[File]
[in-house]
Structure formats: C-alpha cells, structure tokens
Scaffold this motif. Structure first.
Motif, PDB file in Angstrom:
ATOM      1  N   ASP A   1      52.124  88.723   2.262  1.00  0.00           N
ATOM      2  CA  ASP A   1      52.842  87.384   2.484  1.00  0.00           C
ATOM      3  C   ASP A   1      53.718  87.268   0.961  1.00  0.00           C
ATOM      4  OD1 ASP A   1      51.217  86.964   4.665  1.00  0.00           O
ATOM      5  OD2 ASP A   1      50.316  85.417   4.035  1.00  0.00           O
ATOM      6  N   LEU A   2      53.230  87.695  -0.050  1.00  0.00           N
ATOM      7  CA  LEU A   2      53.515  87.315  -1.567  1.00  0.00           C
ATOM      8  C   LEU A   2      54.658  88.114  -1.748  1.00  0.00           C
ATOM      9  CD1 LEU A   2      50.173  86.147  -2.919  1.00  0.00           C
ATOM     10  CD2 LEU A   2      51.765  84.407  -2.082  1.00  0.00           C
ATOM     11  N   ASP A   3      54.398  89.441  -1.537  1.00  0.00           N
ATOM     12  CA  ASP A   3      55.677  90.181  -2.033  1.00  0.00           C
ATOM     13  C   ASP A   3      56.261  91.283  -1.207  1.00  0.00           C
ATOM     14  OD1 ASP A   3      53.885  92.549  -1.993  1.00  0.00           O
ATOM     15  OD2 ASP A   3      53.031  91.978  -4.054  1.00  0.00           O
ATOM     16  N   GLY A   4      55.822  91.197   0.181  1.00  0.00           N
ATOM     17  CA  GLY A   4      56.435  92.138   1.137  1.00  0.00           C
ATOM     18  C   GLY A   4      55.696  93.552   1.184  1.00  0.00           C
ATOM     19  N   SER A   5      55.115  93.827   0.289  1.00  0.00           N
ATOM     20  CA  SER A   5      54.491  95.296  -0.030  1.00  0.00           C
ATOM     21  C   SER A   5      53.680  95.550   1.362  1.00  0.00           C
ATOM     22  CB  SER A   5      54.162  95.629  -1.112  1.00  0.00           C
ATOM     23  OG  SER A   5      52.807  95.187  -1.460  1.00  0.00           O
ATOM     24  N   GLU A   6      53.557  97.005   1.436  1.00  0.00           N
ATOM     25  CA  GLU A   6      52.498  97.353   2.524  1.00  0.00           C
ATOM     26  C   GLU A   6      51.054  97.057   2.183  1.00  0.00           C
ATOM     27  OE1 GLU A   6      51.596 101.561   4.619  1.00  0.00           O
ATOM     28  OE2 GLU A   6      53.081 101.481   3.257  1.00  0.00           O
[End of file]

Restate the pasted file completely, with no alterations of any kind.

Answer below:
[in-house]
Structure formats: C-alpha cells, structure tokens
Scaffold this motif. Structure first.
Motif, PDB file in Angstrom:
ATOM      1  N   ASP A   1      52.124  88.723   2.262  1.00  0.00           N
ATOM      2  CA  ASP A   1      52.842  87.384   2.484  1.00  0.00           C
ATOM      3  C   ASP A   1      53.718  87.268   0.961  1.00  0.00           C
ATOM      4  OD1 ASP A   1      51.217  86.964   4.665  1.00  0.00           O
ATOM      5  OD2 ASP A   1      50.316  85.417   4.035  1.00  0.00           O
ATOM      6  N   LEU A   2      53.230  87.695  -0.050  1.00  0.00           N
ATOM      7  CA  LEU A   2      53.515  87.315  -1.567  1.00  0.00           C
ATOM      8  C   LEU A   2      54.658  88.114  -1.748  1.00  0.00           C
ATOM      9  CD1 LEU A   2      50.173  86.147  -2.919  1.00  0.00           C
ATOM     10  CD2 LEU A   2      51.765  84.407  -2.082  1.00  0.00           C
ATOM     11  N   ASP A   3      54.398  89.441  -1.537  1.00  0.00           N
ATOM     12  CA  ASP A   3      55.677  90.181  -2.033  1.00  0.00           C
ATOM     13  C   ASP A   3      56.261  91.283  -1.207  1.00  0.00           C
ATOM     14  OD1 ASP A   3      53.885  92.549  -1.993  1.00  0.00           O
ATOM     15  OD2 ASP A   3      53.031  91.978  -4.054  1.00  0.00           O
ATOM     16  N   GLY A   4      55.822  91.197   0.181  1.00  0.00           N
ATOM     17  CA  GLY A   4      56.435  92.138   1.137  1.00  0.00           C
ATOM     18  C   GLY A   4      55.696  93.552   1.184  1.00  0.00           C
ATOM     19  N   SER A   5      55.115  93.827   0.289  1.00  0.00           N
ATOM     20  CA  SER A   5      54.491  95.296  -0.030  1.00  0.00           C
ATOM     21  C   SER A   5      53.680  95.550   1.362  1.00  0.00           C
ATOM     22  CB  SER A   5      54.162  95.629  -1.112  1.00  0.00           C
ATOM     23  OG  SER A   5      52.807  95.187  -1.460  1.00  0.00           O
ATOM     24  N   GLU A   6      53.557  97.005   1.436  1.00  0.00           N
ATOM     25  CA  GLU A   6      52.498  97.353   2.524  1.00  0.00           C
ATOM     26  C   GLU A   6      51.054  97.057   2.183  1.00  0.00           C
ATOM     27  OE1 GLU A   6      51.596 101.561   4.619  1.00  0.00           O
ATOM     28  OE2 GLU A   6      53.081 101.481   3.257  1.00  0.00           O